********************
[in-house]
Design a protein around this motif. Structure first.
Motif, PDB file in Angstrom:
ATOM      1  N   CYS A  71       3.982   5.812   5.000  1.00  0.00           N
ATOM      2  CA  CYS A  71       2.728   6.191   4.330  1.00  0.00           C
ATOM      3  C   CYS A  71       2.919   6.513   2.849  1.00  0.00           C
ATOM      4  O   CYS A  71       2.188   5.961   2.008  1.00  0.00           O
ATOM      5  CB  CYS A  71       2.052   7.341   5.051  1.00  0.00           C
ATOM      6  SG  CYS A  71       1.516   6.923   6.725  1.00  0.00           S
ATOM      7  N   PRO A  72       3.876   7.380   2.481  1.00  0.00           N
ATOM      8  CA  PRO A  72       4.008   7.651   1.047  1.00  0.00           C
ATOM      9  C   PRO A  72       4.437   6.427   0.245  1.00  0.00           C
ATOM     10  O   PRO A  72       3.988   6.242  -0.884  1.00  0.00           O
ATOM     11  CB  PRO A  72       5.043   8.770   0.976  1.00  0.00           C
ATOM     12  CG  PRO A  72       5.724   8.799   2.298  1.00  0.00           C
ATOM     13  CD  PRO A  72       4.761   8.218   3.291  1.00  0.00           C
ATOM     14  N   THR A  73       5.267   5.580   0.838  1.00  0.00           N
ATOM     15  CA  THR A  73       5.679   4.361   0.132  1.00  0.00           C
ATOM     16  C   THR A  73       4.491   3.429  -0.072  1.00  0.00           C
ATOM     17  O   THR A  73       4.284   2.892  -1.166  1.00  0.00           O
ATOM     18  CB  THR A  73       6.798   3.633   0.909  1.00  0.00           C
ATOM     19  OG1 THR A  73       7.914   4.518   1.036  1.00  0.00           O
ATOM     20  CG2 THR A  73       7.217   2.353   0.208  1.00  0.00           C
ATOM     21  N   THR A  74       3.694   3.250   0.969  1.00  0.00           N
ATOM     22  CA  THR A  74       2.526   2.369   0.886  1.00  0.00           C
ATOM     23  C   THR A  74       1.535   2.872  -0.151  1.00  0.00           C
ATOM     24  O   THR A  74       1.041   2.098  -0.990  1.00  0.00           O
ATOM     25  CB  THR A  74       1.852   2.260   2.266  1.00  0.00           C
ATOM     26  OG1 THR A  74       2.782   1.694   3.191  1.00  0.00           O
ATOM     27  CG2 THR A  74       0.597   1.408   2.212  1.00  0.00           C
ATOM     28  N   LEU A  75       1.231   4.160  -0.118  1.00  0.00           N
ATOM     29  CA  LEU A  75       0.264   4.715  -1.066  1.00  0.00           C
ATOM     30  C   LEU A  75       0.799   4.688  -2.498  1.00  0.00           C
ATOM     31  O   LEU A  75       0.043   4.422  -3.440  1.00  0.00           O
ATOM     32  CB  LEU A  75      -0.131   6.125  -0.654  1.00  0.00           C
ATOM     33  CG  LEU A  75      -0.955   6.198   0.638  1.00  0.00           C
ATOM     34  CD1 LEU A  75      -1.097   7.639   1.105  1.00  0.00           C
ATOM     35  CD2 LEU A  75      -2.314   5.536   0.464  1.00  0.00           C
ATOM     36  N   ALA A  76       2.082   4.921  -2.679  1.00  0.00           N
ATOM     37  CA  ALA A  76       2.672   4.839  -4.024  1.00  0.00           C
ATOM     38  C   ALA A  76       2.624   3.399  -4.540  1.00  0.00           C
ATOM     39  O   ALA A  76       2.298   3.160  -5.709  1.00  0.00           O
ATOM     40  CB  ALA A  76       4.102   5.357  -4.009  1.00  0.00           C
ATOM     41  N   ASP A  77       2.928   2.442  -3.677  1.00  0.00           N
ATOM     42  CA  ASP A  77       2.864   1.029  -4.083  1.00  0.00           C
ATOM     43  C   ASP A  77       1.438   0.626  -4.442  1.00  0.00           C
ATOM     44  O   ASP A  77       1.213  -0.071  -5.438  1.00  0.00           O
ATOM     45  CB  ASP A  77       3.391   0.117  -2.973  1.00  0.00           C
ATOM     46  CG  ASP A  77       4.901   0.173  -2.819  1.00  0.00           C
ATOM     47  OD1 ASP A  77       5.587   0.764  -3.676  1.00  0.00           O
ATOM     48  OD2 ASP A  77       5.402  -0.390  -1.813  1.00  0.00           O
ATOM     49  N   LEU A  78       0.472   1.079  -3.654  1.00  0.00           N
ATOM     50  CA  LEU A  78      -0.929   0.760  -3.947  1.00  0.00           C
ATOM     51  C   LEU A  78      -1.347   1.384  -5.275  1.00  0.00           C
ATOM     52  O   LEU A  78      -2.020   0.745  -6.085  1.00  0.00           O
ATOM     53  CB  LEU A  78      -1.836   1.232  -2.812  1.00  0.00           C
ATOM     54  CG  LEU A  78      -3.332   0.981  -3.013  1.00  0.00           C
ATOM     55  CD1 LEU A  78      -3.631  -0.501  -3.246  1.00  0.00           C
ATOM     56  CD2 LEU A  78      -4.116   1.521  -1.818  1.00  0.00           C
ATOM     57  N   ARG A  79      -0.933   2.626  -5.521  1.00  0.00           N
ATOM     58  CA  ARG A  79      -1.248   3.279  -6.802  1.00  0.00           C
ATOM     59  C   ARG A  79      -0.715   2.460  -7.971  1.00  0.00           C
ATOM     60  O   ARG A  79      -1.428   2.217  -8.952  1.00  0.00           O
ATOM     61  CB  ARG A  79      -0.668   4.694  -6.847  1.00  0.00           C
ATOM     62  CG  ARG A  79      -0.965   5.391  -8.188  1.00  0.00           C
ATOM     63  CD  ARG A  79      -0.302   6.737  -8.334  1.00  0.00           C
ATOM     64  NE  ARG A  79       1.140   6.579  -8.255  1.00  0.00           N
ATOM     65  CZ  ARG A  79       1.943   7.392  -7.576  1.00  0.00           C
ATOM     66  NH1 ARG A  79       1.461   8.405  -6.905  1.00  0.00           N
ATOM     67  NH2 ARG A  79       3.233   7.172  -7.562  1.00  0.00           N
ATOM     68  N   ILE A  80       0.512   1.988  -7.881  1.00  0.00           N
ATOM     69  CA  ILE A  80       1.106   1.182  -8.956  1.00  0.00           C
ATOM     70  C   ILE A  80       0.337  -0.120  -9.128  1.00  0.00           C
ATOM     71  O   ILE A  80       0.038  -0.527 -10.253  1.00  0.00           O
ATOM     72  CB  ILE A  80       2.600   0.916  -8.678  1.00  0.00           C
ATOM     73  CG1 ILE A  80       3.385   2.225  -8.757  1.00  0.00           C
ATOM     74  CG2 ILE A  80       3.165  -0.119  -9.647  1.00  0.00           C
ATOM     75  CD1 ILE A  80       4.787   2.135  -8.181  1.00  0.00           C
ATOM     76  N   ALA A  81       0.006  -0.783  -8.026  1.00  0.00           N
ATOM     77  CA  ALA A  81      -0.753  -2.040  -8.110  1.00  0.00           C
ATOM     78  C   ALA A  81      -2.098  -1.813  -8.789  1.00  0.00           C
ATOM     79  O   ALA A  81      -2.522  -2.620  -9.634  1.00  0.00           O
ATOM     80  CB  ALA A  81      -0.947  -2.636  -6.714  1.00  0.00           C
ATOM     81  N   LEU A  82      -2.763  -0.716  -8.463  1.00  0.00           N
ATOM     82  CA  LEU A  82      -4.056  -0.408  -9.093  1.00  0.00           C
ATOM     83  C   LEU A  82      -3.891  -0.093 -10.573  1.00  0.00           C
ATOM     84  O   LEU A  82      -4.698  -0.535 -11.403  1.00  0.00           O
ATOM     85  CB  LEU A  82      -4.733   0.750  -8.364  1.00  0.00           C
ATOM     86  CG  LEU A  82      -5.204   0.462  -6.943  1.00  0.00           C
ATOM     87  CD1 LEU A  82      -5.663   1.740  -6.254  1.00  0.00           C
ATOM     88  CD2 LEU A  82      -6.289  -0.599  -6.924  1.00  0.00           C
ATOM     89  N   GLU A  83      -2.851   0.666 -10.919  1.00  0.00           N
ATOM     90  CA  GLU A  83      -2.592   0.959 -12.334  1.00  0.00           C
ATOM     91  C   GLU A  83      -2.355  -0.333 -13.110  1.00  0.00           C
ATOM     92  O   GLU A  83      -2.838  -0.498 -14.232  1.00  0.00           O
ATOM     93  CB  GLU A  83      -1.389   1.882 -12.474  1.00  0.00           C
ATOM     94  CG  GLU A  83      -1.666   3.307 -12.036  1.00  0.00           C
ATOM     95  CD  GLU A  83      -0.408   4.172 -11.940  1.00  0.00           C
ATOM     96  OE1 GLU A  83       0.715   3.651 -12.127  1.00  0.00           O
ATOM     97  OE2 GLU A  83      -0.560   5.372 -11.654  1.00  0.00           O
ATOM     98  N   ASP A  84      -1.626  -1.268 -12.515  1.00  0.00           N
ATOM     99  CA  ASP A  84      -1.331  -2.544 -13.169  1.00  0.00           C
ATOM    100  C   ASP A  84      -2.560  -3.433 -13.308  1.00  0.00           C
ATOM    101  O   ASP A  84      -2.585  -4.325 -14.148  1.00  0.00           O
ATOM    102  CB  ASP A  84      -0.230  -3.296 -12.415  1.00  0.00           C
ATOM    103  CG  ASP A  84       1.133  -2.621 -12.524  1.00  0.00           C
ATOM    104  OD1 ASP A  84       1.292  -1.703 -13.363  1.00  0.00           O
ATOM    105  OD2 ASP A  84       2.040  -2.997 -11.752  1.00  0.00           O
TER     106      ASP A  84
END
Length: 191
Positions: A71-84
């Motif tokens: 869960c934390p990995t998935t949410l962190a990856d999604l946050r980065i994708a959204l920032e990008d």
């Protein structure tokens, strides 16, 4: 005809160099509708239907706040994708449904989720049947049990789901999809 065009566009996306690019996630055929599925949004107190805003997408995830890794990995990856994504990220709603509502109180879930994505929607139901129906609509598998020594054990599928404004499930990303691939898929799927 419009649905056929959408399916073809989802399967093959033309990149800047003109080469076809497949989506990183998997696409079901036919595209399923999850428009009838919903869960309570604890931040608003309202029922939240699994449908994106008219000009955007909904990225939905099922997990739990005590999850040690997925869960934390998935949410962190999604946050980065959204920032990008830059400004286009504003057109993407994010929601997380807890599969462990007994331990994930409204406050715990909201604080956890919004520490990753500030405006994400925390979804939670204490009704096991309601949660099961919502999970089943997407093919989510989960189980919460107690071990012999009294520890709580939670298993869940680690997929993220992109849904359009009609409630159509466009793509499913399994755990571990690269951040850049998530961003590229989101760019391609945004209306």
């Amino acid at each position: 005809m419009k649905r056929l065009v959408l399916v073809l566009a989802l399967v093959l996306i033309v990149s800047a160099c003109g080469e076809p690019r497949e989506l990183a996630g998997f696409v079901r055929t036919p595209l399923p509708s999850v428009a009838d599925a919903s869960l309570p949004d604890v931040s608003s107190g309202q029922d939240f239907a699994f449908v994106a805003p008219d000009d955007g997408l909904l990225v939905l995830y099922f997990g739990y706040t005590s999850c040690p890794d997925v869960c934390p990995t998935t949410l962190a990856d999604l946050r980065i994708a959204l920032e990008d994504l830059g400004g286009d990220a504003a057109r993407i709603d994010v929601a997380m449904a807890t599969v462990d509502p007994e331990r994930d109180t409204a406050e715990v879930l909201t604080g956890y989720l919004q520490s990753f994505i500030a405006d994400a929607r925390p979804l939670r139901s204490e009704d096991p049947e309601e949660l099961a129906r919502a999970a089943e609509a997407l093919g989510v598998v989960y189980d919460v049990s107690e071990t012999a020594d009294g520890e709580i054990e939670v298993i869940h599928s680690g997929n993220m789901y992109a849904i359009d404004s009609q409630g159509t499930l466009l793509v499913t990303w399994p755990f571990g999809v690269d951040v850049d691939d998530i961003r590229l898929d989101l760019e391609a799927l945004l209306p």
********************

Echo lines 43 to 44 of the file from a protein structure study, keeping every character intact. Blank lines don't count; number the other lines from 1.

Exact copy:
ATOM     40  CB  ALA A  76       4.102   5.357  -4.009  1.00  0.00           C
ATOM     41  N   ASP A  77       2.928   2.442  -3.677  1.00  0.00           N